The Daylight Gate
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The Daylight Gate

By (author) Jeanette Winterson

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Can a man be maimed by witchcraft? Can a severed head speak? Based on the most notorious of English witch-trials, this is a tale of magic, superstition, conscience and ruthless murder. It is set in a time when politics and religion were closely intertwined; when, following the Gunpowder Plot of 1605, every Catholic conspirator fled to a wild and untamed place far from the reach of London law. This is Lancashire. This is Pendle. This is witch country.

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  • Hardback | 208 pages
  • 132.08 x 200.66 x 25.4mm | 317.51g
  • 25 Sep 2012
  • Cornerstone
  • Hammer
  • London
  • English
  • 0099561859
  • 9780099561859
  • 22,595

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Author Information

Jeanette Winterson OBE is the author of ten novels, including Oranges Are Not the Only Fruit, The Passion and Sexing the Cherry; a book of short stories, The World and Other Places; a collection of essays, Art Objects, a memoir, Why Be Happy When You Could Be Normal?, as well as many other works, including children's books, screenplays and journalism. Her writing has won the Whitbread Award for Best First Novel, the John Llewellyn Rhys Memorial Prize, the E. M. Forster Award and the Prix d'argent at Cannes Film Festival. She lives in London and Gloucestershire.

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Review quote

Jeanette Winterson OBE is the author of ten novels, including Oranges Are Not the Only Fruit, The Passion and Sexing the Cherry; a book of short stories, The World and Other Places; a collection of essays, Art Objects, a memoir, Why Be Happy When You Could Be Normal?, as well as many other works, including children's books, screenplays and journalism. Her writing has won the Whitbread Award for Best First Novel, the John Llewellyn Rhys Memorial Prize, the E. M. Forster Award and the Prix d'argent at Cannes Film Festival. She lives in London and Gloucestershire."

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Back cover copy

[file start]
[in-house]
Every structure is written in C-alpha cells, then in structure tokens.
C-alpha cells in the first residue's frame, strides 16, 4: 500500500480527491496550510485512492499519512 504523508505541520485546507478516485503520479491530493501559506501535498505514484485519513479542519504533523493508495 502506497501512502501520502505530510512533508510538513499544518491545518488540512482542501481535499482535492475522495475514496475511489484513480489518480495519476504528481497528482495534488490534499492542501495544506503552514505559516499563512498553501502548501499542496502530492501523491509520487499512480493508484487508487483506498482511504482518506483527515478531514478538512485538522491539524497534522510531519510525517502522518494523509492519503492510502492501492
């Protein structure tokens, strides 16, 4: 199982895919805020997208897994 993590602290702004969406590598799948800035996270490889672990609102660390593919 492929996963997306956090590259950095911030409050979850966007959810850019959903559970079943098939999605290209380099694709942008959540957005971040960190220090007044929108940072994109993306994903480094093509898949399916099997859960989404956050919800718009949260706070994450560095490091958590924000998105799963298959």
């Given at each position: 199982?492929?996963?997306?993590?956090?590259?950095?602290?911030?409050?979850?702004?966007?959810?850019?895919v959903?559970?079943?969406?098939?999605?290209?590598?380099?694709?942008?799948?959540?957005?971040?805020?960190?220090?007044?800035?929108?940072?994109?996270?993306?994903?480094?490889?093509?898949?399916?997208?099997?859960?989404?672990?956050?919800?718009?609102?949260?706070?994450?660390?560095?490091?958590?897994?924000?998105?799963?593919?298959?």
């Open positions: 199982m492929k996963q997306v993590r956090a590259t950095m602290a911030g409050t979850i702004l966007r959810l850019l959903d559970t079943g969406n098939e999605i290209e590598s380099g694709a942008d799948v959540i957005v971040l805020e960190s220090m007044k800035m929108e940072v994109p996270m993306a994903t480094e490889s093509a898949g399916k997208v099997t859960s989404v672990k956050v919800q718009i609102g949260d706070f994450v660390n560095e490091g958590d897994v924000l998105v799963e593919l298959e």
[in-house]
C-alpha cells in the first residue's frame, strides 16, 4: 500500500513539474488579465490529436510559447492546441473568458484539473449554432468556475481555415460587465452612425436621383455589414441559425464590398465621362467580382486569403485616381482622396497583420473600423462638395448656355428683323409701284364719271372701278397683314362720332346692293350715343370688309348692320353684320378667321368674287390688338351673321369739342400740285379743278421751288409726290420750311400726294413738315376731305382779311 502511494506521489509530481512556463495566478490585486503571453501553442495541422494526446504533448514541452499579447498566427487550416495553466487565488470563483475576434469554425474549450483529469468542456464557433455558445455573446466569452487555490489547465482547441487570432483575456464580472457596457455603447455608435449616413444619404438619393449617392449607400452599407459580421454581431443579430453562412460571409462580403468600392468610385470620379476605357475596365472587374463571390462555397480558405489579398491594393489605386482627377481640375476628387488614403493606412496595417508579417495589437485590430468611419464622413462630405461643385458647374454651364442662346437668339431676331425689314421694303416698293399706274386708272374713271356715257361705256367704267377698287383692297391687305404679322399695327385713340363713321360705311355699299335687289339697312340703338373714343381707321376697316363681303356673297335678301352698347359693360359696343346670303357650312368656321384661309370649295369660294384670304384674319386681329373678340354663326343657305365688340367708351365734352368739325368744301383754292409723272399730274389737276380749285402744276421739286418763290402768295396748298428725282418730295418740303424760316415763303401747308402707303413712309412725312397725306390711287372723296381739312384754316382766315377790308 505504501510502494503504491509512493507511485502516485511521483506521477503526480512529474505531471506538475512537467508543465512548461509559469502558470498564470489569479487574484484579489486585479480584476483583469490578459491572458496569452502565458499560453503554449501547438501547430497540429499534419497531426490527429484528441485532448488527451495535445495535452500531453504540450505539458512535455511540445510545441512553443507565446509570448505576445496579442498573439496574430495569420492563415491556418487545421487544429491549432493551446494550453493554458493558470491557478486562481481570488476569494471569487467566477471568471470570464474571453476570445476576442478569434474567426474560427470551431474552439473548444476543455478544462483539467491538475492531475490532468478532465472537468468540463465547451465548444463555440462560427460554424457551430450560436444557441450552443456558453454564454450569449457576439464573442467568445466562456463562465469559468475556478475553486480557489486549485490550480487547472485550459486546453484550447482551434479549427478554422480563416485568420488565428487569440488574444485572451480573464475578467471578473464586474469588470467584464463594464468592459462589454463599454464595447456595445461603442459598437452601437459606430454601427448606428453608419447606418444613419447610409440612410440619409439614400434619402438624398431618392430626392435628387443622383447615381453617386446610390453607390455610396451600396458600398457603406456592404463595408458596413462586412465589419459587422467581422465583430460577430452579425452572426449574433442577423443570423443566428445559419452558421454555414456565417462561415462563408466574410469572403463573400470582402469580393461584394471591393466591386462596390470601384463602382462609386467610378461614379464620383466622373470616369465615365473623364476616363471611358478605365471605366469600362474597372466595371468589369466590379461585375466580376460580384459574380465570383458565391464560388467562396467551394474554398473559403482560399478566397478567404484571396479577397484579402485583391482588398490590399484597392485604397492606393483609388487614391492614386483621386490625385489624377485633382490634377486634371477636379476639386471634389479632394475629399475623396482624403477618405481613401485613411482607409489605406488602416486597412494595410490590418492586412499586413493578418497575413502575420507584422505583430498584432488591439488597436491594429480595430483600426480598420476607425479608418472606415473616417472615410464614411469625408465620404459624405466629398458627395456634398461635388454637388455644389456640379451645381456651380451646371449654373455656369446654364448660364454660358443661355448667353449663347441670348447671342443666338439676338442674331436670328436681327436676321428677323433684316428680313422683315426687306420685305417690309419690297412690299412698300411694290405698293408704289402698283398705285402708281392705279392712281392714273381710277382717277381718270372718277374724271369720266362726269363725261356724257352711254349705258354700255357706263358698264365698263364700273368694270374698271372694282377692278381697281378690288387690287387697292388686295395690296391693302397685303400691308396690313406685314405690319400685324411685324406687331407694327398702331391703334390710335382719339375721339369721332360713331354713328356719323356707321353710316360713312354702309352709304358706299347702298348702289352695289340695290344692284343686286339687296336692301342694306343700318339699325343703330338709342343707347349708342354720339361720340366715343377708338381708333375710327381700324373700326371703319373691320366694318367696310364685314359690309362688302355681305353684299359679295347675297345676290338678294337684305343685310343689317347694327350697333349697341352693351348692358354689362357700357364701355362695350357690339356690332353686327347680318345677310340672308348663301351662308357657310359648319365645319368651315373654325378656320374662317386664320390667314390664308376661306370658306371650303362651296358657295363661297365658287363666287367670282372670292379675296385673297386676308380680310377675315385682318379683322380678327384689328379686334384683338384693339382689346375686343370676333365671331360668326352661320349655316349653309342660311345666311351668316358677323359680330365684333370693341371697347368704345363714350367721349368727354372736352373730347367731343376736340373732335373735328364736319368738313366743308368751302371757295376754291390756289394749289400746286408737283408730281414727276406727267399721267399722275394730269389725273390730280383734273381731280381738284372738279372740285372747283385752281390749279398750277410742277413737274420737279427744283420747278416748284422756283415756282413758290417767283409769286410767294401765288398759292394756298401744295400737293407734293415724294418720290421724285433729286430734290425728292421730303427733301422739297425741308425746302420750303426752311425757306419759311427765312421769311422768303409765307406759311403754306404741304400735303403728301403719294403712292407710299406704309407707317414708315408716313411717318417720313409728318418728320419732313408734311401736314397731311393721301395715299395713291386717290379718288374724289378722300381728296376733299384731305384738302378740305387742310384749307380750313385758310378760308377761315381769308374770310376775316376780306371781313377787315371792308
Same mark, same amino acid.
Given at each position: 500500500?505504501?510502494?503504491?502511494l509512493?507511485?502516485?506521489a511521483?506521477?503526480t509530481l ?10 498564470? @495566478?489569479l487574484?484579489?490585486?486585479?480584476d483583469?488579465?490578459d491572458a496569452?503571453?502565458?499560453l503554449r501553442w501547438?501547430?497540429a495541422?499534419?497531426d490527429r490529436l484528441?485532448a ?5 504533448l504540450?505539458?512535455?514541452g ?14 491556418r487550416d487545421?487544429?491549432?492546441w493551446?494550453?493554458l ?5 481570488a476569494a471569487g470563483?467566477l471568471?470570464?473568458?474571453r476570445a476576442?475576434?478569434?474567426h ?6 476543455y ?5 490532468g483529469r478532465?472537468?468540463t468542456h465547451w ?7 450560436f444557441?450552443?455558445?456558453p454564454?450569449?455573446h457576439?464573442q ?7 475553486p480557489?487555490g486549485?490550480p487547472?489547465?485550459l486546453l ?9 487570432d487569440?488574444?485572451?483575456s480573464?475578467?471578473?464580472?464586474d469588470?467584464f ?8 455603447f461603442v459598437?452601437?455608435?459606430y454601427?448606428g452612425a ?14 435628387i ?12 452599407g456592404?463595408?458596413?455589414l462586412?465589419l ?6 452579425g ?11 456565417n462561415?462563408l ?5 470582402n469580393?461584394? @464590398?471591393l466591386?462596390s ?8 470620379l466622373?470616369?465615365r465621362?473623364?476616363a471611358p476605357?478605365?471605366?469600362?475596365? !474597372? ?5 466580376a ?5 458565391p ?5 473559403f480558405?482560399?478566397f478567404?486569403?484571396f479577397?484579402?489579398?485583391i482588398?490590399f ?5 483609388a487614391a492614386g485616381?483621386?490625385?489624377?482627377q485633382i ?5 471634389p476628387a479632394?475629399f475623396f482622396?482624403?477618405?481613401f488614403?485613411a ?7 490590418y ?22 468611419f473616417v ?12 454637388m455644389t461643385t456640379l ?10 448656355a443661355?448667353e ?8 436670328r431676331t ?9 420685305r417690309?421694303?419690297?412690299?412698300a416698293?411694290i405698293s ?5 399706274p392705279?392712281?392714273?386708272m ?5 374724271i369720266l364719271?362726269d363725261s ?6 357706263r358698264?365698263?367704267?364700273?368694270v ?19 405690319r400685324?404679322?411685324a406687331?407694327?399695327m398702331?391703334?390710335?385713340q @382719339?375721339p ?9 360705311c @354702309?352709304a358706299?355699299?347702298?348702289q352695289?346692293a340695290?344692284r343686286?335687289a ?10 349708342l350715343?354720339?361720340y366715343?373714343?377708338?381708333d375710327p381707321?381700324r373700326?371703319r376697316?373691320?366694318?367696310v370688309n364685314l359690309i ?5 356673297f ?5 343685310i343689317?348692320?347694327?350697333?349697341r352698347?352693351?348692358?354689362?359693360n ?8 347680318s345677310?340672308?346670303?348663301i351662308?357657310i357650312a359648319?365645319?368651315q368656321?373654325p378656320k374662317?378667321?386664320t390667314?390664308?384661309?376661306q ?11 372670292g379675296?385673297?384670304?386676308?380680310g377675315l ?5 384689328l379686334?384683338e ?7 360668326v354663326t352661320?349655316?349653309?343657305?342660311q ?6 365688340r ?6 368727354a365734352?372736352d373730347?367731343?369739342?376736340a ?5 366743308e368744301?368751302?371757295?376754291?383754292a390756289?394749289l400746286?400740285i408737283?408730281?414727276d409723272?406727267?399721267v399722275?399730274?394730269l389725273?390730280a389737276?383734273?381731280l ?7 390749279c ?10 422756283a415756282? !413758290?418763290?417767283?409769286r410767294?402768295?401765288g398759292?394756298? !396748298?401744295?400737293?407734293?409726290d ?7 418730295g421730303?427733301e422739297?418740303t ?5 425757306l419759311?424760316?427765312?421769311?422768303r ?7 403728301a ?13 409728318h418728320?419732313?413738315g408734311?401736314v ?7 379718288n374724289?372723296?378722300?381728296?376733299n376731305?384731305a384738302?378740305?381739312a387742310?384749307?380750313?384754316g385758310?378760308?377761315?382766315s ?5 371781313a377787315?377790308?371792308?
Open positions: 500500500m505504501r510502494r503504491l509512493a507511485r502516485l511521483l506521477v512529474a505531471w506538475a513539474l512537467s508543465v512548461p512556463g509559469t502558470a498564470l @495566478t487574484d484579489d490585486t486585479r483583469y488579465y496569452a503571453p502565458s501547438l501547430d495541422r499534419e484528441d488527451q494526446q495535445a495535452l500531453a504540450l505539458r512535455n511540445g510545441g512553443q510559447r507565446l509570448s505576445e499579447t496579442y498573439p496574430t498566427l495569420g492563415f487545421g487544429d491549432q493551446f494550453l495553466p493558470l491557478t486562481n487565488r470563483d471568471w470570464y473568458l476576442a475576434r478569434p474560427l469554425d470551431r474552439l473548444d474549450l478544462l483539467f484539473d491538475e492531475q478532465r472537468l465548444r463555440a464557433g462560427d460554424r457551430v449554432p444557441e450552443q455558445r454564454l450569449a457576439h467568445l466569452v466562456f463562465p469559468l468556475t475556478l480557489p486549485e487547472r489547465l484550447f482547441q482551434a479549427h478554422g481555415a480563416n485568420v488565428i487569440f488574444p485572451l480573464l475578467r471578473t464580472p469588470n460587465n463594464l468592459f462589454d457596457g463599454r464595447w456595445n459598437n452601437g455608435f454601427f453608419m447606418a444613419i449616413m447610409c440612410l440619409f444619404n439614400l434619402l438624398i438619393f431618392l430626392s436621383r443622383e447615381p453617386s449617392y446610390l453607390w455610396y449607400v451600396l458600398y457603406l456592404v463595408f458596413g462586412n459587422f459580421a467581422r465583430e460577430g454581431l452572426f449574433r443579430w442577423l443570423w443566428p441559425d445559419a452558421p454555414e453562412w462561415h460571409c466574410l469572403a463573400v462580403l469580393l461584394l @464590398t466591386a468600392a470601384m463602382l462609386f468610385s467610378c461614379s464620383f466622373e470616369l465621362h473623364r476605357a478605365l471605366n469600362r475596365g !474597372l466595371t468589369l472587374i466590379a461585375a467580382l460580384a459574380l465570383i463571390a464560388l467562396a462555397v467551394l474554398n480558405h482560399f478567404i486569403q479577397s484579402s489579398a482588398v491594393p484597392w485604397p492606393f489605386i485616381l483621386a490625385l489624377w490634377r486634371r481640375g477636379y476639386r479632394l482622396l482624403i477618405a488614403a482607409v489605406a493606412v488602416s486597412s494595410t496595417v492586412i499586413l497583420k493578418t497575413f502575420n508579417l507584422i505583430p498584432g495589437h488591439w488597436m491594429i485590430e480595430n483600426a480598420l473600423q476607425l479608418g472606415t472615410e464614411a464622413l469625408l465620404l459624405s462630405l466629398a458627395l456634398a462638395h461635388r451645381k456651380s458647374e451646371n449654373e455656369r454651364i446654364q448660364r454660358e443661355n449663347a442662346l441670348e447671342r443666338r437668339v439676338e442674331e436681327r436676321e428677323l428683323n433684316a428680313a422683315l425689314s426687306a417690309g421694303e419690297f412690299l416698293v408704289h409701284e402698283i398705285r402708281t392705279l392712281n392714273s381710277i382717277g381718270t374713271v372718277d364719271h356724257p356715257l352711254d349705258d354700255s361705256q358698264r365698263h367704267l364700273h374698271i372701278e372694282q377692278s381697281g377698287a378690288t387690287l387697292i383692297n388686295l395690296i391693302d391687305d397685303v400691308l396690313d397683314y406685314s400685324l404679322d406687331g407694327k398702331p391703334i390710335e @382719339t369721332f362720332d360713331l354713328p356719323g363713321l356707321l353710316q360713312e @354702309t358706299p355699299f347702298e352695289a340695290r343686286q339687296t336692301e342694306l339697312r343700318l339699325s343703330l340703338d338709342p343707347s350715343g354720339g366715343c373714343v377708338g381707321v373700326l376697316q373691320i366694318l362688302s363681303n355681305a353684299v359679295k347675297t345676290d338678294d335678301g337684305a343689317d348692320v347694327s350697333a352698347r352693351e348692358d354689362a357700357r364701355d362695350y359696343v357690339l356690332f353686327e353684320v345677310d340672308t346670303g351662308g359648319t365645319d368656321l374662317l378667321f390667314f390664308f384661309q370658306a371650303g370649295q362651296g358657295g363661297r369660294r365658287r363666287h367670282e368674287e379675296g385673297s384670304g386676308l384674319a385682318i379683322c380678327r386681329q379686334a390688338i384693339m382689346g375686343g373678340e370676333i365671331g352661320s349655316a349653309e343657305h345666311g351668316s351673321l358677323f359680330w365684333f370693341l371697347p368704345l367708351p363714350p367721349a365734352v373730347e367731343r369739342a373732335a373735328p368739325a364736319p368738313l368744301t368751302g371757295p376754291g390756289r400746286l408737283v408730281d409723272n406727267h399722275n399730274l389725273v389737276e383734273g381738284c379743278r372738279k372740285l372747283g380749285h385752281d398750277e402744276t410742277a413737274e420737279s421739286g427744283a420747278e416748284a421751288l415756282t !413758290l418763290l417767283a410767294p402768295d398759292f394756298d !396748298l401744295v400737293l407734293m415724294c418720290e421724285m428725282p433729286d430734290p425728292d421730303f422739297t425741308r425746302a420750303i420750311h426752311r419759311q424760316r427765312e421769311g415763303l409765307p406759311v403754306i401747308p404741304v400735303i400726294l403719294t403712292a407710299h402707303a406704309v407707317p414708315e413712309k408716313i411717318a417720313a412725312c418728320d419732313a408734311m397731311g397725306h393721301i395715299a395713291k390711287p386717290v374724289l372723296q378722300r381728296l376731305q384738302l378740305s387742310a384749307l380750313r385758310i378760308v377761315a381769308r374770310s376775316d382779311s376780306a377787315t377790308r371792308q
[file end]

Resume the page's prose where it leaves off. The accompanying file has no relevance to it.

Can a man be maimed by witchcraft? Can a severed head speak? Based on the most notorious of English witch-trials, this is a tale of magic, superstition, conscience and ruthless murder. It is set in a time when politics and religion were closely intertwined; when, following the Gunpowder Plot of 1605, every Catholic conspirator fled to a wild and untamed place far from the reach of London law. This is Lancashire. This is Pendle. This is witch country.

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Flap copy

GOOD FRIDAY, 1612. Pendle Hill, Lancashire. A mysterious gathering of thirteen people is interrupted by local magistrate, Roger Nowell. Is this a witches' Sabbat? Two notorious Lancashire witches are already in Lancaster Castle waiting trial. Why is the beautiful and wealthy Alice Nutter defending them? And why is she among the group of thirteen on Pendle Hill? Elsewhere, a starved, abused child lurks. And a Jesuit priest and former Gunpowder plotter, recently returned from France, is widely rumoured to be heading for Lancashire. But who will offer him sanctuary? And how quickly can he be caught? This is the reign of James I, a Protestant King with an obsession: to rid his realm of twin evils, witchcraft and Catholicism, at any price ...

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Customer reviews

Filmic imagery

This was a fun read. I had read a lot of early writings of JW but with Written on the Body, I'd stopped as her writing was no longer appealing to me. This book was a quick read with imagery that would make it a good film.show more
by Anne Bentley

Where is the poetry?

When I saw the topic of this book I was a little unsure, but being a Jeanette Winterson devotee (Gut Symmetries; Written on the Body and her recent memoir being favourites) I decided to buy. I was very disappointed. There is very little of the beauty of words demonstrated in this book - her usual trademark. When I read Jeanette Winterson I like to leave thinking about at least one abstract concept differently. Not so with this book which is quite prosaic; too simply composed and just...a bit boring. Had it been any other author (apart from Margaret Atwood!) I would not have finished this book.show more
by Dara Sampson